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Save Your Money: Fish Oil and Postoperative Atrial Fibrillation



To save some of our hard-earned tax payers’ money, this is an ideal study to be performed as a point-of-care clinical trial using the electronic health record. After providing informed consent, give the drug order to the hospital pharmacy and get the outcome data at time of discharge directly from the EHR.


Postoperative atrial fibrillation or flutter (AF) is one of the most common complications of cardiac surgery and significantly increases morbidity and health care utilization. A few small trials have evaluated whether long-chain n-3-polyunsaturated fatty acids (PUFAs) reduce postoperative AF, with mixed results. As a result, a study reported in the Journal of the American Medical Association (2012;308:2001-2011), was performed to determine whether perioperative n-3-PUFA supplementation reduces postoperative AF.


The Omega-3 Fatty Acids for Prevention of Post-operative Atrial Fibrillation (OPERA) double-blind, placebo-controlled, randomized clinical trial, included a total of 1,516 patients scheduled for cardiac surgery in 28 centers in the United States, Italy, and Argentina. Inclusion criteria were broad and the main exclusions were regular use of fish oil or absence of sinus rhythm at enrollment. Patients were randomized to receive fish oil (1-g capsules containing >840mg n-3-PUFAs as ethyl esters) or placebo, with preoperative loading of 10g over 3 to 5 days (or 8 g over 2 days) followed postoperatively by 2g/d until hospital discharge or postoperative day 10, whichever came first.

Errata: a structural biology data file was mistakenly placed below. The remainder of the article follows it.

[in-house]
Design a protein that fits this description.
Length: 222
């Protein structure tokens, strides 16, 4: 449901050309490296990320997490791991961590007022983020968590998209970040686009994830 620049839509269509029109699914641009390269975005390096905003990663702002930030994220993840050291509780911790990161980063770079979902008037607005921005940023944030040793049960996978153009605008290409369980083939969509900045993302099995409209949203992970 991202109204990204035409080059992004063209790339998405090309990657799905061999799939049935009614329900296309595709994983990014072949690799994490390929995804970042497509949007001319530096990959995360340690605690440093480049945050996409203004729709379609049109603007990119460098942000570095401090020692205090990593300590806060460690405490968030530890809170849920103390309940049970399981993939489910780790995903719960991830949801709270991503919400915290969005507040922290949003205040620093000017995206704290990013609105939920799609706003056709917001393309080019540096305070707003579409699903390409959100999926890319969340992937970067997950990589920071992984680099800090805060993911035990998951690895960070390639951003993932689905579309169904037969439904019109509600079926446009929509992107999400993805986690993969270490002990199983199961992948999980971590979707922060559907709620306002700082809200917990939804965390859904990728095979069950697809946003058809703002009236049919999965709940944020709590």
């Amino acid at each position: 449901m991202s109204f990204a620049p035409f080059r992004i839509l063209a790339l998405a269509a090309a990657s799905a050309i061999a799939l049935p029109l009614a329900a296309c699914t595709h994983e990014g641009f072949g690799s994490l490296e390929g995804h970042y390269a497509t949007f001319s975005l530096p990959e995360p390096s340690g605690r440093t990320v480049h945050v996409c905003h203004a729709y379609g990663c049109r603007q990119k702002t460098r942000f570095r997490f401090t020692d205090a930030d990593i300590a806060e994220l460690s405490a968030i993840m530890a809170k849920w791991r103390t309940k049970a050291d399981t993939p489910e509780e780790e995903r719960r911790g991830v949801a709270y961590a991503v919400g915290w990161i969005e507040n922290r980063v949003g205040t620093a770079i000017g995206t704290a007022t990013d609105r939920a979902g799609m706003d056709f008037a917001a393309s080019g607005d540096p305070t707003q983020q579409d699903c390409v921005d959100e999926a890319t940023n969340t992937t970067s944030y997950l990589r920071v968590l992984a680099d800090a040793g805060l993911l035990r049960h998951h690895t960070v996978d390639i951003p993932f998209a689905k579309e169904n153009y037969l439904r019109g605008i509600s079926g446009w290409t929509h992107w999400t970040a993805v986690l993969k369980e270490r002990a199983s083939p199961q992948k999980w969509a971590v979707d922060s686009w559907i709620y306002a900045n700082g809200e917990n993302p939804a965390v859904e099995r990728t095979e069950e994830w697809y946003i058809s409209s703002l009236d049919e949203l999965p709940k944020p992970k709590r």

The main outcome measure was occurrence of postoperative AF lasting longer than 30 seconds. Secondary end points were postoperative AF lasting longer than 1 hour, resulting in symptoms, or treated with cardioversion; postoperative AF excluding atrial flutter; time to first postoperative AF; number of AF episodes per patient; hospital utilization; and major adverse cardiovascular events, 30-day mortality, bleeding, and other adverse events.


At enrollment, mean age was 64 years; 72.2% of patients were men, and 51.8% had planned valvular surgery. The primary end point occurred in 233 (30.7%) patients assigned to placebo and 227 (30.0%) assigned to n-3-PUFAs (P=0.74). None of the secondary end points were significantly different between the placebo and fish oil groups, including postoperative AF that was sustained, symptomatic, or treated (231 [30.5%] vs 224 [29.6%], P=0.70) or number of postoperative AF episodes per patient (1 episode: 156 [20.6%] vs 157 [20.7%]; 2 episodes: 59 [7.8%] vs 49 [6.5%]; >3 episodes: 18 [2.4%] vs 21 [2.8%]) (P = .73). Supplementation with n-3-PUFAs was generally well tolerated, with no evidence for increased risk of bleeding or serious adverse events.


According to the authors, this large multinational trial among patients undergoing cardiac surgery, perioperative supplementation with n-3-PUFAs, compared with placebo, did not reduce the risk of postoperative AF.


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